by Martin Cruz Smith
Simon & Schuster, 2013. 290 pgs. Mystery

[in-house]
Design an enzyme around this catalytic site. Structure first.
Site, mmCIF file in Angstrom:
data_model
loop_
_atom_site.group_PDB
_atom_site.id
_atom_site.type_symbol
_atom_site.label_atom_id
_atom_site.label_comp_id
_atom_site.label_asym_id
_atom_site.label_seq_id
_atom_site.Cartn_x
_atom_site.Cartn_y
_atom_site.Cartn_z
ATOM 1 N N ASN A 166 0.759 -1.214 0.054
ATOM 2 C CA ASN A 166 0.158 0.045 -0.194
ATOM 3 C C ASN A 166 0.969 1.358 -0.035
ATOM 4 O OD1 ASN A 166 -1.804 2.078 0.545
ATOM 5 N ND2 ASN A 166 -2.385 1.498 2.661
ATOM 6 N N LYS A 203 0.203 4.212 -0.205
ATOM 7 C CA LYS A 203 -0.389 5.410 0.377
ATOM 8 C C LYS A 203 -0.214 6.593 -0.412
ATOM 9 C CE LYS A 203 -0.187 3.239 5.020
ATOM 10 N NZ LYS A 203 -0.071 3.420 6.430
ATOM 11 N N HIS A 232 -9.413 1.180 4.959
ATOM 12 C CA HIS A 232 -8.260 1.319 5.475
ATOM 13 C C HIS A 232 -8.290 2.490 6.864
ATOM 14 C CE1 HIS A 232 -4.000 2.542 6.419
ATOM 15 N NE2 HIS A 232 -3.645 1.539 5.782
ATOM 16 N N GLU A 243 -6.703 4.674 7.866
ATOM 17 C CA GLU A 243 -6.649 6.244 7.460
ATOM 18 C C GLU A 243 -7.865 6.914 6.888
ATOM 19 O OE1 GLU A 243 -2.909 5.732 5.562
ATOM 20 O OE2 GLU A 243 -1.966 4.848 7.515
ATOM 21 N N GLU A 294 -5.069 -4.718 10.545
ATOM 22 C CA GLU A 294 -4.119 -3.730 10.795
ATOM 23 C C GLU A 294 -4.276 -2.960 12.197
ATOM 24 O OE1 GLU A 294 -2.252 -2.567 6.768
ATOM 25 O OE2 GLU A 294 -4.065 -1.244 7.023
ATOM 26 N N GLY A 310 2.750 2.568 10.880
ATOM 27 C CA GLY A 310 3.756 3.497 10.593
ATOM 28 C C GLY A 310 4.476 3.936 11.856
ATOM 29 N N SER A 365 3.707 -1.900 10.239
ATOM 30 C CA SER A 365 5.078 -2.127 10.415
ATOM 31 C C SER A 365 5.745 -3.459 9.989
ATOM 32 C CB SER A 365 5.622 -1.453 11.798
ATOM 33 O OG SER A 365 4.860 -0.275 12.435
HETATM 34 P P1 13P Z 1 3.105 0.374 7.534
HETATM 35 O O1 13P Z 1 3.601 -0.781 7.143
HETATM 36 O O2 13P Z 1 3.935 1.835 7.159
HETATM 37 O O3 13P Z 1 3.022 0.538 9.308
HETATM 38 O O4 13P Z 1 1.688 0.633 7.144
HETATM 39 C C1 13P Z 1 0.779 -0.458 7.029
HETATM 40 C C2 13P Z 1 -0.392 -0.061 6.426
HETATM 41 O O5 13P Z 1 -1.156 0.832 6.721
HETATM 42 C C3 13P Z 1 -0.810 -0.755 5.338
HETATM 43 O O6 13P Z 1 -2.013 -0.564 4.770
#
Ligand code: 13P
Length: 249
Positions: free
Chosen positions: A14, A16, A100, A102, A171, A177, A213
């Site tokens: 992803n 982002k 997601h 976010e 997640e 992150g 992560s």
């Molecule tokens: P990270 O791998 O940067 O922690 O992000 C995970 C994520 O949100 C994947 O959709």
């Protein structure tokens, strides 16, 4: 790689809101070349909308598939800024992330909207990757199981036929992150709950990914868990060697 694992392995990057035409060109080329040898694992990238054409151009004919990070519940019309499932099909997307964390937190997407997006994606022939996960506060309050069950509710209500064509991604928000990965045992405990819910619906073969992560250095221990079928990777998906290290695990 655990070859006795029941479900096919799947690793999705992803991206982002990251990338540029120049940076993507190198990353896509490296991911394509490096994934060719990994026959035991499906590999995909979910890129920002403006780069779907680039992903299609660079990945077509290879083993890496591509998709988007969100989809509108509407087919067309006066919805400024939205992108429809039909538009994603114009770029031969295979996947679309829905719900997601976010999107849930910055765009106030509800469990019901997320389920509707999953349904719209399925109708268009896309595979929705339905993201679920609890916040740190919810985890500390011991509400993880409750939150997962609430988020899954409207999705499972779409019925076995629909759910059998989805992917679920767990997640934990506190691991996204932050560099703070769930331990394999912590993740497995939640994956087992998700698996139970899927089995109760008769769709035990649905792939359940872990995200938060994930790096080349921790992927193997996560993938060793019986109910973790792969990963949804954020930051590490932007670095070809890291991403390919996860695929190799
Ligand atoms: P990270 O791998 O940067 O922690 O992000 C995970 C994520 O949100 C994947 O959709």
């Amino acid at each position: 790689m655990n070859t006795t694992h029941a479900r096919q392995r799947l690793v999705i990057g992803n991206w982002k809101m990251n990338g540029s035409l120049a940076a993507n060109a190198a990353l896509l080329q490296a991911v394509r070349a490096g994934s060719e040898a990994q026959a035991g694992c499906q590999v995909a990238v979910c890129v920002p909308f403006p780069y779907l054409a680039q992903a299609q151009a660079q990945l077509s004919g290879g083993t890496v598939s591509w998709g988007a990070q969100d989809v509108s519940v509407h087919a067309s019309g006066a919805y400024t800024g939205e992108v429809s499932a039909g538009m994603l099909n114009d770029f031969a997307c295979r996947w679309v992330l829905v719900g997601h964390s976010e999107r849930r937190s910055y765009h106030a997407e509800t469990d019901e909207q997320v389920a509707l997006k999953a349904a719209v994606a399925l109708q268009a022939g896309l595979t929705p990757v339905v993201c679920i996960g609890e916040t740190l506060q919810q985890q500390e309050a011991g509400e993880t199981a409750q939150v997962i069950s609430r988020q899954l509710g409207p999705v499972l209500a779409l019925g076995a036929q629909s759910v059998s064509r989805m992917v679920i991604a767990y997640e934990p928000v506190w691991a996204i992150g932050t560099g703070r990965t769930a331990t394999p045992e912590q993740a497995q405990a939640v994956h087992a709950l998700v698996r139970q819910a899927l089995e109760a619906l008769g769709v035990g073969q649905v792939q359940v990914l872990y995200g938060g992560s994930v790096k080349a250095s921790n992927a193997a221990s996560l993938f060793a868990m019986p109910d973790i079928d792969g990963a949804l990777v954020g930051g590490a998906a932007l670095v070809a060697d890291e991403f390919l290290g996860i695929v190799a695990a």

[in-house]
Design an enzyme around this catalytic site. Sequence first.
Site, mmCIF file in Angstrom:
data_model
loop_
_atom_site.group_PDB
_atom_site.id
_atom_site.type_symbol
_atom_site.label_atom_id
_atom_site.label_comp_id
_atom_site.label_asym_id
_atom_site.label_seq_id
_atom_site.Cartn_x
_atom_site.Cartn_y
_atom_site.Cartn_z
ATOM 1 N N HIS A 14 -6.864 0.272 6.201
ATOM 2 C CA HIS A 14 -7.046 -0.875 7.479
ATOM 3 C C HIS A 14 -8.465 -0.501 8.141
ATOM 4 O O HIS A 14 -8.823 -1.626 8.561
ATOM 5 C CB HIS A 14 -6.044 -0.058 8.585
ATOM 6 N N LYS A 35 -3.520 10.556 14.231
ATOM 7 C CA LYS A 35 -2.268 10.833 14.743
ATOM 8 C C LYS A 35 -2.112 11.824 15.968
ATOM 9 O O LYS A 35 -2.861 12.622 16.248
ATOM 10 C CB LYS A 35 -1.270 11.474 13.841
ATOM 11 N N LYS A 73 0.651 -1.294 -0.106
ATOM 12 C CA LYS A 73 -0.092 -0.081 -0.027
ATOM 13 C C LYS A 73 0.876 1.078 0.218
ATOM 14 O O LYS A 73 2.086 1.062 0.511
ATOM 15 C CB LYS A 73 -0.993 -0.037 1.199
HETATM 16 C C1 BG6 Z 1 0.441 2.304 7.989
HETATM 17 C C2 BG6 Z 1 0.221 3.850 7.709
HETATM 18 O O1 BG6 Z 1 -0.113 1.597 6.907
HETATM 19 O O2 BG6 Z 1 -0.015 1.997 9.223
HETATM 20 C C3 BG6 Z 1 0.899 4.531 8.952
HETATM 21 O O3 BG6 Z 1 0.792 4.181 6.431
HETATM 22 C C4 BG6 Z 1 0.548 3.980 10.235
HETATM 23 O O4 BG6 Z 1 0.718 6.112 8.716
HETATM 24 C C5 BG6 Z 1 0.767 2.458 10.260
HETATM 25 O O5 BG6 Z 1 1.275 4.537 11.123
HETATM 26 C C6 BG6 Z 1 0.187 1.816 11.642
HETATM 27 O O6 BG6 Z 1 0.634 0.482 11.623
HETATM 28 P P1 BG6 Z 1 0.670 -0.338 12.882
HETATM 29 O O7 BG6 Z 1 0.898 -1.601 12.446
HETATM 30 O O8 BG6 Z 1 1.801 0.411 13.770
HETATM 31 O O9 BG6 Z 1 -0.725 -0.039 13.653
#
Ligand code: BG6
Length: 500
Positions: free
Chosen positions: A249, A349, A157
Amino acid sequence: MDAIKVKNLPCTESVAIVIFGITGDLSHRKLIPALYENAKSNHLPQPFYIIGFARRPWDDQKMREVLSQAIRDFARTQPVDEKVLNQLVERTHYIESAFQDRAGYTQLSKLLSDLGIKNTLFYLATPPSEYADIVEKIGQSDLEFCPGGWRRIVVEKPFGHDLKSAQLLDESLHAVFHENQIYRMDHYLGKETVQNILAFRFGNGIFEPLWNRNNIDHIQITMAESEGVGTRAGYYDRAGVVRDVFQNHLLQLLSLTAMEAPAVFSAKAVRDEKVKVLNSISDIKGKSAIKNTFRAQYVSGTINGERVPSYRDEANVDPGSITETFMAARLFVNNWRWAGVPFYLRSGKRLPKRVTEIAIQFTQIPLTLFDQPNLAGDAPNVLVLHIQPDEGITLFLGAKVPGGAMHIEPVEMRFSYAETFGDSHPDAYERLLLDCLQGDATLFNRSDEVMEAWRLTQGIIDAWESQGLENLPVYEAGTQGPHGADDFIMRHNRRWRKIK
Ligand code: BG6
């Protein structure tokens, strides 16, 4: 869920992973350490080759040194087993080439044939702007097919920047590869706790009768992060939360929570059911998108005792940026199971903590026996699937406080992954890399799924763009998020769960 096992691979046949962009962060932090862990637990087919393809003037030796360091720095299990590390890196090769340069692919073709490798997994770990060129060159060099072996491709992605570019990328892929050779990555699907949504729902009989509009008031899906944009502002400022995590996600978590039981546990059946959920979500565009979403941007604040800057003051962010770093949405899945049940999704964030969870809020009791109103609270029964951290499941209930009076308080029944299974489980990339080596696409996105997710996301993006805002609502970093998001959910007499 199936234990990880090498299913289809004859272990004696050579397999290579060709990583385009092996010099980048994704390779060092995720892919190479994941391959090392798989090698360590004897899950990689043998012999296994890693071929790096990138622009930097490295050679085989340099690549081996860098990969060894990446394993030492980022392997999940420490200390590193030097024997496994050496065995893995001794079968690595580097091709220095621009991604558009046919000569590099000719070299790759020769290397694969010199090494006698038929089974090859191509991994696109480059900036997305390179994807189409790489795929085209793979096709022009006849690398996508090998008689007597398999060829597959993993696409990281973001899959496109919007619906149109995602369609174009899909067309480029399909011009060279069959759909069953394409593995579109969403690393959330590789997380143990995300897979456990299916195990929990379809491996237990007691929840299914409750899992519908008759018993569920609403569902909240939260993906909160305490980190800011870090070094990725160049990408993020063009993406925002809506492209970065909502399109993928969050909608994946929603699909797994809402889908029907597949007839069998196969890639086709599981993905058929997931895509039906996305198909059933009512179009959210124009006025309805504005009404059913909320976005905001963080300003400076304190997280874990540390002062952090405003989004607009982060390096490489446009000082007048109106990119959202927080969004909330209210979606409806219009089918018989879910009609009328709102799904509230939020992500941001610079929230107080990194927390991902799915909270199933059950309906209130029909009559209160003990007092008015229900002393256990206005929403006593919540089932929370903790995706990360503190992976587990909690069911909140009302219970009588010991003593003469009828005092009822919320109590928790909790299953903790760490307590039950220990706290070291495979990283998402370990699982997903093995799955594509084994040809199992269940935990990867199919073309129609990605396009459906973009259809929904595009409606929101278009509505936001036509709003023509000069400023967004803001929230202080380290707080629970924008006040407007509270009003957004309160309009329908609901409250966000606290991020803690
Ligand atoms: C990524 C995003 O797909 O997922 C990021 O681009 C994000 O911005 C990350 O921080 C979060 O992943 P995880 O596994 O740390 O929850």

Martin Cruz Smith's latest Arkady Renko mystery begins with a murder. A young and full-of-himself young man is intercepted as he cycles down the road outside Kaliningrad after having served as an interpreter at a secret meeting. Apparently his notes from that meeting are suddenly in high demand, even though they are designed to be indecipherable to anyone but him. A short time later, Tatiana Petrovna, a brilliant and daring journalist, dies in a fall from her sixth floor apartment (think the real-life Anna Politkovskaya, only without guns). The official line is that Petrovna killed herself; Arkady Renko thinks not and begins to investigate at the same time as he is trying to figure out who killed billionaire mobster Grisha Grigorenko with a bullet to the head. Inexplicably, the young cyclist's notebook becomes important. Who has it? And was Tatiana killed for her knowledge of it? And why does Grisha Grigorenko's son Alexi suddenly want it? In one of the most satisfying of his ever-satisfying Arkady Renko books, Smith takes his hero to Kaliningrad, the most crime-ridden and corrupt of all Russian cities, where he is pursued by a homicidal butcher, and various thugs who think he has the notebook. But in the meantime, someone very close to Arkady is deciphering its contents. One of the best of Smith's Arkady Renko series, which is high praise, indeed, Tatiana is thrilling, atmospheric, and deeply satisfying.